Last Week’s Kitchen

I’m in the midst of some vegetable anxiety. I still have nearly a full bin from last week (cabbage, scallions, onion, beet w/greens, carrots, lettuce, cuke) and just got the new box from our share at the farm: carrots, eggplant, onions, potatoes, squash, leeks, melon, tomatoes, basil. I will say again: buying a Community Supported Agriculture (CSA) share seemed like a good idea at the time, but it’s a lot of work to keep up with even our half share, especially since the kids often won’t eat what I make. (They DO love the farm’s carrots, though, as do I.)

Here were a couple things from last week, mostly from the CSA box (not the figs).

Here, Roasted Potato Slices with Lime and Chili. I’ve posted the recipe before, but not with a photo. I managed to snap this before it was devoured.

Roasted Potatoes with Chili and Lime

Not so the Roasted Cauliflower and Broccoli Popcorn, which had a really lovely green and white contrast. Until it disappeared.

Our grocery coop had some lovely looking figs,

Black Mission figs

so I made fig jam from Super Natural Cooking again, served here with Bent River a camembert-esque cheese made by the Alemar Cheese Company, on slices of Rustica Bakery baguette.

Fig jam

Alas, I decided to experiment and added a whole teaspoon of cardamom (I’m on something of a cardamom kick) which turned the whole batch bitter. I’m not sure whether to add more figs, more honey or both. Here is the base recipe, which I made before with very good results.

Fig Spread with Black Pepper and Toasted Sesame Seeds from Super Natural Cooking by Heidi Swanson

1 1/2 lb. ripe fresh Black Mission figs, stemmed and cut into 1/2″ dice
1/4 c. freshly squeezed lemon juice
1/3 c. honey
1/4 tsp. freshly ground black pepper
1/4 c. toasted unhulled sesame seeds

Toss chopped figs and lemon juice together in a large bowl. Stir in the honey and black pepper and set aside for 10 minutes. The figs will start to break down and get soupy. Pour the fig mixture in to a large, heavy pot over medium heat and bring to a slow, gurgling boil. Cook, stirring constantly, until the figs start to reduce and thicken, about 10 minutes. Stir in the sesame seeds and remove from the heat. Let the spread sit for 5 minutes, taste, and add more pepper to taste if needed.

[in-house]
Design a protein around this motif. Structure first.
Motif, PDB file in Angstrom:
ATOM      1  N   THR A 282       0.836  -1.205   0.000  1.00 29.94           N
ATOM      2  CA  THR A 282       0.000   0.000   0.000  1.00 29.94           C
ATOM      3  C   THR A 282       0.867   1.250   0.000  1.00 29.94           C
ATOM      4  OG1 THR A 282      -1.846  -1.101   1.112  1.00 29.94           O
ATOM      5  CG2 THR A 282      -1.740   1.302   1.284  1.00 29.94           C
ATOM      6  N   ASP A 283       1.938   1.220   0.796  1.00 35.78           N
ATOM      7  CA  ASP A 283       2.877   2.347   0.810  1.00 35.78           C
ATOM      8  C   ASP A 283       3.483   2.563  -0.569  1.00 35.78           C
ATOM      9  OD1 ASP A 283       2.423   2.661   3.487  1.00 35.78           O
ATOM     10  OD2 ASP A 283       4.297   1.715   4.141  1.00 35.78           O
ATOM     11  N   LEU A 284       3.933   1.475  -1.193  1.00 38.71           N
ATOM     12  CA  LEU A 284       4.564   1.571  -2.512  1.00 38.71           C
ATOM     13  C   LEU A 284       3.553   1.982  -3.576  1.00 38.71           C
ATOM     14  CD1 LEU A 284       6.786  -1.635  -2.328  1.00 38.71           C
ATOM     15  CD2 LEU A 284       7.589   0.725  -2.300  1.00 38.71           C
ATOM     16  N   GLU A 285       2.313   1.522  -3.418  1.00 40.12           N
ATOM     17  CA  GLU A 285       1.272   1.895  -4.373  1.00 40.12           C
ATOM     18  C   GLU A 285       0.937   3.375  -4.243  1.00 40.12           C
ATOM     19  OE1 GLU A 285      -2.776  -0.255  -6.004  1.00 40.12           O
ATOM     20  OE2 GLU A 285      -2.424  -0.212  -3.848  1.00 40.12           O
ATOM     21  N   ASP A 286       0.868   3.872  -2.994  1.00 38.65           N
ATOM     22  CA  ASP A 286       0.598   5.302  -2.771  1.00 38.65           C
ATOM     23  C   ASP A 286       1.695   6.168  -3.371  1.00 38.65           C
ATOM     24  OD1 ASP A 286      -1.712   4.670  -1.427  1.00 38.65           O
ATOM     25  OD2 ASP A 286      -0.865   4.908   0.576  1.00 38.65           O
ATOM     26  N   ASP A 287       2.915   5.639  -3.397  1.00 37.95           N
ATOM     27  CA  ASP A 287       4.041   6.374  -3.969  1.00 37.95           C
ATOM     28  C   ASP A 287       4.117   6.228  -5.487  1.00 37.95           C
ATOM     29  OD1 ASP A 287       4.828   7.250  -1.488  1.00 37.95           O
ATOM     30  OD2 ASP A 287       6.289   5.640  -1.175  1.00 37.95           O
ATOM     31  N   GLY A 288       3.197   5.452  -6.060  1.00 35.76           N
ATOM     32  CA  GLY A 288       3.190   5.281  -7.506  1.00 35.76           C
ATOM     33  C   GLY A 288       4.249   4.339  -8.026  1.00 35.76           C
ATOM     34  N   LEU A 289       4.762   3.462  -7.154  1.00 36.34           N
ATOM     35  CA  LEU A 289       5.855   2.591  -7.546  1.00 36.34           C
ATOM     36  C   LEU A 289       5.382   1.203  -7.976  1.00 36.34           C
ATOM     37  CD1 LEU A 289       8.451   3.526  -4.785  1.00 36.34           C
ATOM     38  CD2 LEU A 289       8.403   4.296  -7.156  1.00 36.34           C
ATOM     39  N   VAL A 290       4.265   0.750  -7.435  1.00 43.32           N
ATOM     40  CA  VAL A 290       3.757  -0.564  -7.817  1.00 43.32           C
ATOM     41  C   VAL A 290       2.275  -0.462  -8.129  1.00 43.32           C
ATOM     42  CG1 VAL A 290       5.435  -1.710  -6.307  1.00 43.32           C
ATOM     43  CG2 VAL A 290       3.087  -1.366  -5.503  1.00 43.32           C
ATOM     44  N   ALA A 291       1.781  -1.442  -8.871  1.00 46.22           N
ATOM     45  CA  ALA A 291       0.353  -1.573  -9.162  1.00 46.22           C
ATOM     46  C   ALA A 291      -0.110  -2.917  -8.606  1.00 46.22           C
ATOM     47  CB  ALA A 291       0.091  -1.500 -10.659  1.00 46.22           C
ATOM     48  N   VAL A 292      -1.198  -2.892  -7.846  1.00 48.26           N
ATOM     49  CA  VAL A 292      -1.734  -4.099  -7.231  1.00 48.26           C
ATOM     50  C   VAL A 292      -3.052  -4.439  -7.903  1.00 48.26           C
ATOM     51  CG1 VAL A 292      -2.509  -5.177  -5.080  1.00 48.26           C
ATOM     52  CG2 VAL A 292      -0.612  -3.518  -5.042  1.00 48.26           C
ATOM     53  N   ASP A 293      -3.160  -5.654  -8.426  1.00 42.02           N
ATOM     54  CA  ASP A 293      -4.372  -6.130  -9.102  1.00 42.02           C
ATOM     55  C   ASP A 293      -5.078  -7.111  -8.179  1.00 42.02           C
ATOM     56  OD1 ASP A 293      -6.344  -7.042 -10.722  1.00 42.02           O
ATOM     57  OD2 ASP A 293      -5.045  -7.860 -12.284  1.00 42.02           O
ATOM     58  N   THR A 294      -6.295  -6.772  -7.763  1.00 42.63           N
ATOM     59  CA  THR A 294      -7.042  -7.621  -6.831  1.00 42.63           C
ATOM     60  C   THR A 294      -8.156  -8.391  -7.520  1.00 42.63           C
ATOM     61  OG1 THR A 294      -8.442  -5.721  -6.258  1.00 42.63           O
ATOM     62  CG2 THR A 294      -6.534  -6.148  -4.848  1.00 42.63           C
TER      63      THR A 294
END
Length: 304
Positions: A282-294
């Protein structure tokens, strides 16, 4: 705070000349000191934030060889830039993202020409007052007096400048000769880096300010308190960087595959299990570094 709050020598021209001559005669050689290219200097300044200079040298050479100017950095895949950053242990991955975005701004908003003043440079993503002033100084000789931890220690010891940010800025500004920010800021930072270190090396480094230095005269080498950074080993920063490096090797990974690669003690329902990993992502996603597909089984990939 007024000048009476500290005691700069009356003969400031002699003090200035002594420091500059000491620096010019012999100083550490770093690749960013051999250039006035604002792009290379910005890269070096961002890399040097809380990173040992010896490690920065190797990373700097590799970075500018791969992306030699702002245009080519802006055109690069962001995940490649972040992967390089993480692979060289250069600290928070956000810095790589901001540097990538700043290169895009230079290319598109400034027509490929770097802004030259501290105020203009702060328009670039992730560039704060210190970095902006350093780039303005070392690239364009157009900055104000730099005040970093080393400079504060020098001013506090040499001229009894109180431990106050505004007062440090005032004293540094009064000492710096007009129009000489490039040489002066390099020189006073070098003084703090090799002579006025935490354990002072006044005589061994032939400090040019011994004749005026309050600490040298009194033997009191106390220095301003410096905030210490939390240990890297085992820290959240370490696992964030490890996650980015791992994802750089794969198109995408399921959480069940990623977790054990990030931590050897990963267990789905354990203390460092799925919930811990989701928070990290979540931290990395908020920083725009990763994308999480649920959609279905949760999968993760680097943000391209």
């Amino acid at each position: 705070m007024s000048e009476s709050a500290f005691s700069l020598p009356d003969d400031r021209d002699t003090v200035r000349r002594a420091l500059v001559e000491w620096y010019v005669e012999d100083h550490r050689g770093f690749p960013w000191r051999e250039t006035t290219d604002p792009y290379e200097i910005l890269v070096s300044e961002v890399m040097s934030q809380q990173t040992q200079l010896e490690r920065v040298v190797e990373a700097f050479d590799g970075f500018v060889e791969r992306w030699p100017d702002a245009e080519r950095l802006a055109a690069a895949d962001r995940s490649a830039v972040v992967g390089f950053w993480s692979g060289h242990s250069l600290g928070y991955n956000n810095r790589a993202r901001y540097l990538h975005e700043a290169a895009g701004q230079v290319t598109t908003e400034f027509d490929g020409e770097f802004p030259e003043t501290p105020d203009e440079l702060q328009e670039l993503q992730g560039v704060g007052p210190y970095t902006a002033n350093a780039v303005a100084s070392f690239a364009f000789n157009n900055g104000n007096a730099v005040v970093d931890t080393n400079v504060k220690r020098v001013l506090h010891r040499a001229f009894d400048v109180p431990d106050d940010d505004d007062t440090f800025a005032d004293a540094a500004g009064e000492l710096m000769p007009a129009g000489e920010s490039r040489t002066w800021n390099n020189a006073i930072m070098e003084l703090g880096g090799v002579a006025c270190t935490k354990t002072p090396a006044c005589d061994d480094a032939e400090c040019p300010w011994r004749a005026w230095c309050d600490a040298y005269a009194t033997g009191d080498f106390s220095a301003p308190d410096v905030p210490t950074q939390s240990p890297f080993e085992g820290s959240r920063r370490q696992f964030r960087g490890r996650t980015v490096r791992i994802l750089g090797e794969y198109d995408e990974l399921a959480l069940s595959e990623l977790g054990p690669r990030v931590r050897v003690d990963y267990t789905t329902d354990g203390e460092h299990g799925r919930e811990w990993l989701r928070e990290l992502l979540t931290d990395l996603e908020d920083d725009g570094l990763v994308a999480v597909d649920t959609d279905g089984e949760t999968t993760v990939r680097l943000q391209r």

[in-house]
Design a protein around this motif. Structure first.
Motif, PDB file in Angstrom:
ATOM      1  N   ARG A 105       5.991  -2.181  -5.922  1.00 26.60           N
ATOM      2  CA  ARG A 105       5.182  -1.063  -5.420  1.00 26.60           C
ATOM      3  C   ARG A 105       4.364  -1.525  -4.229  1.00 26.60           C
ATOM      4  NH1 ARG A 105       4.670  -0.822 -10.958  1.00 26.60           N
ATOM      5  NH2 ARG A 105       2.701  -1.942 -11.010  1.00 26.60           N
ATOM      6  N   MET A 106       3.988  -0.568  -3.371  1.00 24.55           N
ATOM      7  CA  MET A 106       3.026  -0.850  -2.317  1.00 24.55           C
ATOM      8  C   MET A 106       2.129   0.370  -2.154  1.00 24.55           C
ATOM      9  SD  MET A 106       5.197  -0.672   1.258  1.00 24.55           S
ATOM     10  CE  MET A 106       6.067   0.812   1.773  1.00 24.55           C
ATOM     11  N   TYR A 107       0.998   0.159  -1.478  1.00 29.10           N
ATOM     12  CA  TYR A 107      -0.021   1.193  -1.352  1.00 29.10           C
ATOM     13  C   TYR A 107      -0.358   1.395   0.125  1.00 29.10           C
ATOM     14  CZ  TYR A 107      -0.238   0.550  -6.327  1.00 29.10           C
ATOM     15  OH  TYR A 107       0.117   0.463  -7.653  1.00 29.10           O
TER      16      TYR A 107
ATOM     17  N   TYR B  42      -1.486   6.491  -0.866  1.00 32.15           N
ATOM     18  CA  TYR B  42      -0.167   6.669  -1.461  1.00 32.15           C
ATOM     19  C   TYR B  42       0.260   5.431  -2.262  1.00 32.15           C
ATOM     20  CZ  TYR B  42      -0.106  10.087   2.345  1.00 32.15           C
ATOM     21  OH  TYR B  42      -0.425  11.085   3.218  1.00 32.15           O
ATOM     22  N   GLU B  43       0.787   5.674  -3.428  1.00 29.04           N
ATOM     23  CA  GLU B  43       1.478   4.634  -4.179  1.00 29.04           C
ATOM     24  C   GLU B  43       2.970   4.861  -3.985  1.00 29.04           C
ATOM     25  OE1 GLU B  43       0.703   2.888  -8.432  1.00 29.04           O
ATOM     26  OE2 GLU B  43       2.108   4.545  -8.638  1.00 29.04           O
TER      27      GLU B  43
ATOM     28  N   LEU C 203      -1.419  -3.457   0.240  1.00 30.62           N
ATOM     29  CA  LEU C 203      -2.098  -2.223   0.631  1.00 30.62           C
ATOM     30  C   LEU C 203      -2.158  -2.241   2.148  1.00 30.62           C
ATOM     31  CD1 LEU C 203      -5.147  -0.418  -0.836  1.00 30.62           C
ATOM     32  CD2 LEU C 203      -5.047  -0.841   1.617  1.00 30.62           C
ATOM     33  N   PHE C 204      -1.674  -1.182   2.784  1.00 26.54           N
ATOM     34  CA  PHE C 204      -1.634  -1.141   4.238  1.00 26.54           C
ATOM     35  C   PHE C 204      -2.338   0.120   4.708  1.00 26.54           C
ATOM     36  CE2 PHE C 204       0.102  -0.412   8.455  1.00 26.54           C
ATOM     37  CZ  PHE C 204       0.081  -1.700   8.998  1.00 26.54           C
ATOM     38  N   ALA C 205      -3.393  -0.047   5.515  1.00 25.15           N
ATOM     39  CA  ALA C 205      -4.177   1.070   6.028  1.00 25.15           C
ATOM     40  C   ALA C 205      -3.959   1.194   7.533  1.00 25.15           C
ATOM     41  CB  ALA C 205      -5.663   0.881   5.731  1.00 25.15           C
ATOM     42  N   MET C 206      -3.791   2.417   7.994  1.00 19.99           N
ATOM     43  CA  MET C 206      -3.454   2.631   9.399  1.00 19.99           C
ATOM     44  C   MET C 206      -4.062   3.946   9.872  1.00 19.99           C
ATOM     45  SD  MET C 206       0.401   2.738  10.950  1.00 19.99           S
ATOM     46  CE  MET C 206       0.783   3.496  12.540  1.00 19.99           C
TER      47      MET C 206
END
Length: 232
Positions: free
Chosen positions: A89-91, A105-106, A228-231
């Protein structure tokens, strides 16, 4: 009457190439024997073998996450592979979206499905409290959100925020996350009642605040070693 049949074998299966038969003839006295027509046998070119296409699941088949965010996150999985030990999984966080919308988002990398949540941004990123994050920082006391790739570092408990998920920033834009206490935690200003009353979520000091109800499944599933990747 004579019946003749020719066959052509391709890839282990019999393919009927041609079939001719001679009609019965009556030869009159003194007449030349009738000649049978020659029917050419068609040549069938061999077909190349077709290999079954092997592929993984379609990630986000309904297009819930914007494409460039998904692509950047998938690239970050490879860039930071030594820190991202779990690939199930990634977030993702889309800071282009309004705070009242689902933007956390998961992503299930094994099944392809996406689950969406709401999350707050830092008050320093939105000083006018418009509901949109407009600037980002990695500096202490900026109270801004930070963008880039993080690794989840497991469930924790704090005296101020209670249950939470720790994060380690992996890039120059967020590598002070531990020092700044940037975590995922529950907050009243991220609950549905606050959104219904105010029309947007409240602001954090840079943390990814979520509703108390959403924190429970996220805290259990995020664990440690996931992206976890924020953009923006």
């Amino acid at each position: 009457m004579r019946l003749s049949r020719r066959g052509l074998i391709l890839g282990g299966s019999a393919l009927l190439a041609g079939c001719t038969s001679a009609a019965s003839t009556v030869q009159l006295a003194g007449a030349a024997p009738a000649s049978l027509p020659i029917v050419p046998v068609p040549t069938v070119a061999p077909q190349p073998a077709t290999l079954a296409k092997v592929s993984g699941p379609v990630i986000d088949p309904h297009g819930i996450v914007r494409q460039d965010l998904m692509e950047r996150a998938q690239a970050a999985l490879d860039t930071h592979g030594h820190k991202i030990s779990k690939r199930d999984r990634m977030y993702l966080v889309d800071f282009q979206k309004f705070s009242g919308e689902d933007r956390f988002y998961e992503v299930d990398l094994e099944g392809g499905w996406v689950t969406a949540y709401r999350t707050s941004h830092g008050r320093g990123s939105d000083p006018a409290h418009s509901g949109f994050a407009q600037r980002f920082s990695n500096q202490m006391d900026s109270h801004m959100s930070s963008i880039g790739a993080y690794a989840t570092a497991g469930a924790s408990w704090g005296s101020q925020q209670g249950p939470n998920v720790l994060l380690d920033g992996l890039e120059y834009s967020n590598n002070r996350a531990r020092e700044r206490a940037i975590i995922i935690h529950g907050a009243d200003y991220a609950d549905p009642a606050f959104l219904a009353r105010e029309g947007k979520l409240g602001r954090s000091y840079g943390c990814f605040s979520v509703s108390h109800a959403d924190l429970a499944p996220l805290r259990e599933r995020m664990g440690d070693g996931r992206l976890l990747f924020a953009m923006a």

This spread may be canned as you would other jams, but it keeps well for up to a week in the refrigerator. Makes 3 cups.

And my friend A. corralled my friend The Hoff and me to make soup for twenty for a Kevin Reich for Ward 1 fundraiser. We made a quadruple batch of squash stew based on a recipe from Deborah Madison’s Vegetarian Cooking for Everyone.

Squash soup

There were many compliments, and they sounded sincere, so I think the soup was a success. I’ve made it before, and would definitely make it again.

Thai Tofu and Autumn Squash Soup, adapted from a recipe in Deborah Madison’s Vegetarian Cooking for Everyone

2 medium leeks, white parts only, cleaned, halved lengthwise and cut into 1/4″ slices
2 Tbl. peanut oil
2 garlic cloves, pressed
2 serrano chiles, minced
1 Tbl. finely grated ginger
1 Tbl. curry powder
1 tsp. light brown sugar
3 Tbl. wheat-free tamari
32 oz. mushroom broth
1 15 oz. can unsweetened coconut milk
1 1/2 lbs autumn squash (we used a mix of butternut and delicata) peeled and cut into 1/2 to 1 inch cubes
1 10-oz. pkg. silken firm tofu cut into 1/2″ cubes
Juice of one lime
1/4 c. chopped cilantro
1/3 c. chopped peanuts

Heat peanut oil in wide soup pot. Add leeks and cook over medium-high heat, stirring frequently, until partially softened, about 3 minutes. Add garlic, most of chiles, and ginger; cook 1 minute more, then add curry, sugar and soy sauce. Reduce heat to medium, scrape pan, and cook for a few more minutes. Add broth, coconut milk, squash, and 1 tsp. salt. Bring to boil, then lower heat and simmer, covered, for 15 to 20 minutes. Remove from heat Puree some or all of soup, in blender or with immersion blender. Taste for salt, add tofu, lime juice and cilantro.

Fry peanuts in a little peanut oil over medium heat in a small skillet, then chop. Serve stew over basmati or jasmine rice, garnished with peanuts and remaining chili.

This is a vegan, gluten-free soup. Plain yogurt with a little cardamom would make a nice garnish and you can try pepitas instead of peanuts. Serves 4.

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